Expanding FSA/HSA Eligibility for Oral Care Products

East Asian American Woman Using Mouthwash

FSA-HSA eligibility expansion will:

  • Close gaps in oral health disparities
  • Help Americans improve their overall health and well-being
  • Lower overall healthcare spending in America

Greater Access to Self-Care Products is Key

Costs on everyday, essential self-care items can add up quickly, and Americans are asking for increased flexibility to use the pre-tax savings in their Flexible Spending Accounts (FSAs) and Health Savings Accounts (HSAs) for better self-care, including for oral care products. Unfortunately, most products for oral health care are not currently eligible medical expenses for FSA and HSA spending.

Policymakers should encourage – and empower – individuals to take responsibility for their oral health by supporting daily oral health self-care policies that make beneficial oral care products more accessible. Doing so is a win-win, both in terms of improving the wellness of Americans while also reducing the strain on the healthcare system overall.

The Problem: Oral Health Concerns are Decreasing Americans’ Quality of Life

The Centers for Disease Control and Prevention (CDC) considers tooth decay to be a “common chronic disease...” that when left untreated “can progress and lead to infection, tooth loss, and more complex and expensive treatments.”

Tooth decay, gingivitis, periodontitis, and other oral health conditions take a toll on Americans. In fact, the implications of neglecting oral health extend far beyond the dental chair, profoundly impacting the physical, mental, and economic wellbeing of individuals and the nation.

Nearly half (46%) of Americans ages 30 and older show signs of gum disease.

However, Americans experience oral health differently. In fact, several social determinants including age and economic status affect equitable access to oral healthcare available across the country, with the burden of oral disease falling on vulnerable groups:

  • One-in-five low-income adults — two times higher than the overall rate — admit their oral health is poor, leading to more than 42% having difficulty biting and chewing, 43% experiencing physical pain, and 19% having difficulty with speech.
  • Young adults (ages 18-34) are not in much better shape, with 41% reporting pain as their top oral health problem, and 35% feeling embarrassed due to the condition of their mouth.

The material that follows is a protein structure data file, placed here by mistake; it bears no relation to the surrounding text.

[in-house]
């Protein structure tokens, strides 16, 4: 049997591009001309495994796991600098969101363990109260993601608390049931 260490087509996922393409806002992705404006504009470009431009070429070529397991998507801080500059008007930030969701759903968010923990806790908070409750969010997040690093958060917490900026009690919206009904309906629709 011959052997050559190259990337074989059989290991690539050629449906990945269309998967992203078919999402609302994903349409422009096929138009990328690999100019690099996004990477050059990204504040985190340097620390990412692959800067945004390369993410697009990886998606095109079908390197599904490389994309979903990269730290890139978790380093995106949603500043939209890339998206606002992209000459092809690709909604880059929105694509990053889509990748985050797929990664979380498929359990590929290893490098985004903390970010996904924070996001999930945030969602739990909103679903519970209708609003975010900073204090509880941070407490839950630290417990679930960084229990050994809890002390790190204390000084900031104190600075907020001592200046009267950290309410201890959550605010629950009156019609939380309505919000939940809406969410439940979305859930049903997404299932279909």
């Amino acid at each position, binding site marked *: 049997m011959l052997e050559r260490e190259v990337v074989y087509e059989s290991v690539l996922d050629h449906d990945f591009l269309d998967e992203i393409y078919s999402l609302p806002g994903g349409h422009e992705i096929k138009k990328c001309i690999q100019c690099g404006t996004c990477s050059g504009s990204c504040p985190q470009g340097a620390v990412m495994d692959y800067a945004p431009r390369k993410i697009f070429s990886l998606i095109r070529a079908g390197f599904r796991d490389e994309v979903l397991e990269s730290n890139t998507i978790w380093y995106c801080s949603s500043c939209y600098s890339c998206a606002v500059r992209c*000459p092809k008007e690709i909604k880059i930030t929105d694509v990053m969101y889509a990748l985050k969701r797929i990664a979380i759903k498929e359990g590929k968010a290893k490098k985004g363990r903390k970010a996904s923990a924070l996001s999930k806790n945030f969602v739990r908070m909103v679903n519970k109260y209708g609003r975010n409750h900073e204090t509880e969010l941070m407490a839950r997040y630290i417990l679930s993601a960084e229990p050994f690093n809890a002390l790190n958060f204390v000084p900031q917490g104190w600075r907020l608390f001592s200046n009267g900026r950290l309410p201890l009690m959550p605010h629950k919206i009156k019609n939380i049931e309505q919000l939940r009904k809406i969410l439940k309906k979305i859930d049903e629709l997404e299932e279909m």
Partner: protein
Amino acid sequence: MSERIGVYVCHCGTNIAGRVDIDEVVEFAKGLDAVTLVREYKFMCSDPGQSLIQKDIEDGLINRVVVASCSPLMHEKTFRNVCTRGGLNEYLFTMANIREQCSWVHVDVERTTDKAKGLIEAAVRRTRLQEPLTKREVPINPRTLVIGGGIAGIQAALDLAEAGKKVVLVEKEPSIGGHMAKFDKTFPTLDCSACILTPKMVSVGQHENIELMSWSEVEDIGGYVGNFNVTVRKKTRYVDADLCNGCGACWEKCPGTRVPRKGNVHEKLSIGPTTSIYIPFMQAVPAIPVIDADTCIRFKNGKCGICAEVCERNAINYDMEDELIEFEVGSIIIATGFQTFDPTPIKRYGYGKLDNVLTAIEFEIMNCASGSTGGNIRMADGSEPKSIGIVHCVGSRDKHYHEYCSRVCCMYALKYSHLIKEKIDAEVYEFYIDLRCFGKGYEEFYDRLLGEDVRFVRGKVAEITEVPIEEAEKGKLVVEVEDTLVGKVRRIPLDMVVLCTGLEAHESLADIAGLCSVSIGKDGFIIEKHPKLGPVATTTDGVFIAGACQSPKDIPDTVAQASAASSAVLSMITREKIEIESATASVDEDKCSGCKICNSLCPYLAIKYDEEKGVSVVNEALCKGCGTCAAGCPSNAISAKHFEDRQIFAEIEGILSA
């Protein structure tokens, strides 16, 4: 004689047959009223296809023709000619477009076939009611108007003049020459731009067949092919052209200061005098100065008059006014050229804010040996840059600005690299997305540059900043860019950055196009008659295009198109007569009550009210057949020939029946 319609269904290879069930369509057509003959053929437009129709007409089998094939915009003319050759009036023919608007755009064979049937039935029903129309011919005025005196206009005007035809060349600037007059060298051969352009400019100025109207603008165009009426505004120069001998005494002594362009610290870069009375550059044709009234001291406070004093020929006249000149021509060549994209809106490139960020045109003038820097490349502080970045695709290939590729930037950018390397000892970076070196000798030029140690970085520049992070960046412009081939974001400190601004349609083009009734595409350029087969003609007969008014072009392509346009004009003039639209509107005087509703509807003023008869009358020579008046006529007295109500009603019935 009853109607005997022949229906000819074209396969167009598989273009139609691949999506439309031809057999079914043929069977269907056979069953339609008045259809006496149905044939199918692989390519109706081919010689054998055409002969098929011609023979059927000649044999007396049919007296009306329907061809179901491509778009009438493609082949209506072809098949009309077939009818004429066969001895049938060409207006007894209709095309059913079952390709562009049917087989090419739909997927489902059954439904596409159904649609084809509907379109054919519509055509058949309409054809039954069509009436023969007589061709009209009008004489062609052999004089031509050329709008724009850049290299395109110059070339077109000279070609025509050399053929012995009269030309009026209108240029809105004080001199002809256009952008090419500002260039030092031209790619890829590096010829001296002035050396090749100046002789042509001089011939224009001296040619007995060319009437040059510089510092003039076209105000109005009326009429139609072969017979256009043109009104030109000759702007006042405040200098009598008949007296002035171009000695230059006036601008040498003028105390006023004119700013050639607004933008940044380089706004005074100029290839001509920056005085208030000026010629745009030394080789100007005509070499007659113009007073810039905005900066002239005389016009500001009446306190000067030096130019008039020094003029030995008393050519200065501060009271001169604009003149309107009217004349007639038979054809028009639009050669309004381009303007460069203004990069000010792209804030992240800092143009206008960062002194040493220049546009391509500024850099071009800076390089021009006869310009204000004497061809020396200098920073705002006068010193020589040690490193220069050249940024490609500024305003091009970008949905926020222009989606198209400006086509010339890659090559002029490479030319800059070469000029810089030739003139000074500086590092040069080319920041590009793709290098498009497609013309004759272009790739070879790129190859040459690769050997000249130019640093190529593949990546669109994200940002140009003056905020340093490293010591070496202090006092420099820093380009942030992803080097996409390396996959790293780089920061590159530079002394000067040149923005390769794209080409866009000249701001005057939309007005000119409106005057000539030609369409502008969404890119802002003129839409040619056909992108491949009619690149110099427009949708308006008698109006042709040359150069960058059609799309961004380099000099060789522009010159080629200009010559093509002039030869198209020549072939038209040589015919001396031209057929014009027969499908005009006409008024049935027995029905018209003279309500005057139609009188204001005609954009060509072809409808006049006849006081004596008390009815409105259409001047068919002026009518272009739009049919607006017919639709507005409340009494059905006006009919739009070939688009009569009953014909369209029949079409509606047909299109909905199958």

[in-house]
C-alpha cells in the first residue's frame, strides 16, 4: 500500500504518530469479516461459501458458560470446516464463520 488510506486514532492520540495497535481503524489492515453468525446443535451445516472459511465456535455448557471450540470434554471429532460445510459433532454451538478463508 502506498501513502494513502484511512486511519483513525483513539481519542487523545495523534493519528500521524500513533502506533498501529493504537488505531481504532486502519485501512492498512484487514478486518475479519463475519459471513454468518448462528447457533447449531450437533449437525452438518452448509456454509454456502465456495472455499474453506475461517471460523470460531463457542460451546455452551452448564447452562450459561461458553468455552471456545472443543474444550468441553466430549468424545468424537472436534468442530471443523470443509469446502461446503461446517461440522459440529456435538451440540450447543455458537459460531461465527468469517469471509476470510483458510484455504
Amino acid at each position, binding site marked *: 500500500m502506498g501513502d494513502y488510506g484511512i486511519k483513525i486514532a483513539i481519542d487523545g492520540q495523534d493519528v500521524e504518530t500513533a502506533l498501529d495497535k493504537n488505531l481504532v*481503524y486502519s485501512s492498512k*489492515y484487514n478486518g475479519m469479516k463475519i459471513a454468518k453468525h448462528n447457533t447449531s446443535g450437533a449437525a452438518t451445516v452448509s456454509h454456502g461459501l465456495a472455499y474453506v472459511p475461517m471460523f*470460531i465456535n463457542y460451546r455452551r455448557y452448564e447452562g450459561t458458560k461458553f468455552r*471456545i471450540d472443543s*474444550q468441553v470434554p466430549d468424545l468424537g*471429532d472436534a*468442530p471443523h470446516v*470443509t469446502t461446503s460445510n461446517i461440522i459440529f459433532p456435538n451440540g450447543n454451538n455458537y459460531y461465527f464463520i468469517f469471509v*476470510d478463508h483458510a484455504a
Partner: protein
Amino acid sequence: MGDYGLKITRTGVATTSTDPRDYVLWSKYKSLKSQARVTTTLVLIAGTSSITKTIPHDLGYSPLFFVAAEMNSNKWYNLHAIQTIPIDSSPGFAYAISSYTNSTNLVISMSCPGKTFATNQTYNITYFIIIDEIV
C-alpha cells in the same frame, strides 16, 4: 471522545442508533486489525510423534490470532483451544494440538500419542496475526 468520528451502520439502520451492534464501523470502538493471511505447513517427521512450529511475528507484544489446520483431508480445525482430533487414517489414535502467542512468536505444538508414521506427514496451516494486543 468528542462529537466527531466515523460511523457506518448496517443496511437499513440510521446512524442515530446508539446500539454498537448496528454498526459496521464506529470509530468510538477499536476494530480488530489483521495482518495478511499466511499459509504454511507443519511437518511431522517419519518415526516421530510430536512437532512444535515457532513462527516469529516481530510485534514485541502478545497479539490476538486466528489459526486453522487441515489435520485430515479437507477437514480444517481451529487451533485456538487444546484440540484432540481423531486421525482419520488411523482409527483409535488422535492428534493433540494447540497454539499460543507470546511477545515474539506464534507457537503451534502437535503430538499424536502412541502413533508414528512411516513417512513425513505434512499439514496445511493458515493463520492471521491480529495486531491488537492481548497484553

• Rural Americans face even worse oral health outcomes throughout their lives, are less likely to receive preventive dental services, are more likely to seek dental care in an emergency department and have nearly double the prevalence of tooth loss than other populations.
  • Dental caries (cavities) are one of the most common chronic diseases among children, affecting one-in-four preschoolers. Children from low-income families are twice as likely to have cavities as children from higher-income families.

Brush-Up on FSAs and HSAs

Employees with FSAs or HSAs are able to put aside pre-tax dollars to pay for “qualified medical expenses,” certain healthcare costs related to medical care, prescription drugs, over-the-counter (OTC) medications, feminine hygiene products, and other items throughout pharmacy aisles.

However, current law does not recognize certain oral healthcare products — such as manual toothbrushes, electric toothbrushes, water flossers, mouthwash, or OTC anti-cavity toothpaste — as “qualified medical expenses.”


In 2020, a new law reinstated FSA/HSA eligibility for OTC medicines and, for the first time, feminine care products. New proposed legislation seeks to build on this momentum by also including certain oral care products as qualified medical expenses.


According to estimates, 60 million consumers already use FSAs and HSAs to save money on eligible healthcare expenses, including OTC medicines and feminine hygiene products.​

HSA plans are used by Americans from every income level, with the average HSA contribution being 2% of household income, according to findings from the Employee Benefits Research Institute. Nearly half of those using HSA/FSA accounts make less than $71,243 per year.

Data shows that FSAs and HSAs are associated with reductions in overall healthcare spending. Promoting access to oral healthcare products for Americans with FSAs or HSAs is better for our healthcare system overall and for taxpayers.

The Proposed Solution: Put More Teeth into FSAs and HSAs

Bipartisan legislation to expand FSA/HSA eligibility to include OTC oral care products would give millions of Americans increased flexibility to improve their oral health. Americans are asking for increased flexibility to use these pre-tax savings for better self-care, including for oral care products. Policymakers should encourage — and empower — individuals to take responsibility for their oral health.

By supporting daily self-care for better oral health, we can improve the wellness of Americans while also reducing the strain on the healthcare system. Expanding FSA/HSA eligibility to include manual and electric toothbrushes, water flossers, anti-cavity toothpaste, and similar oral care products, would give consumers more power to make better oral health decisions.

“Good oral health supports the overall health and wellbeing of individuals, families, communities, and the nation.”

– National Institutes of Health (NIH)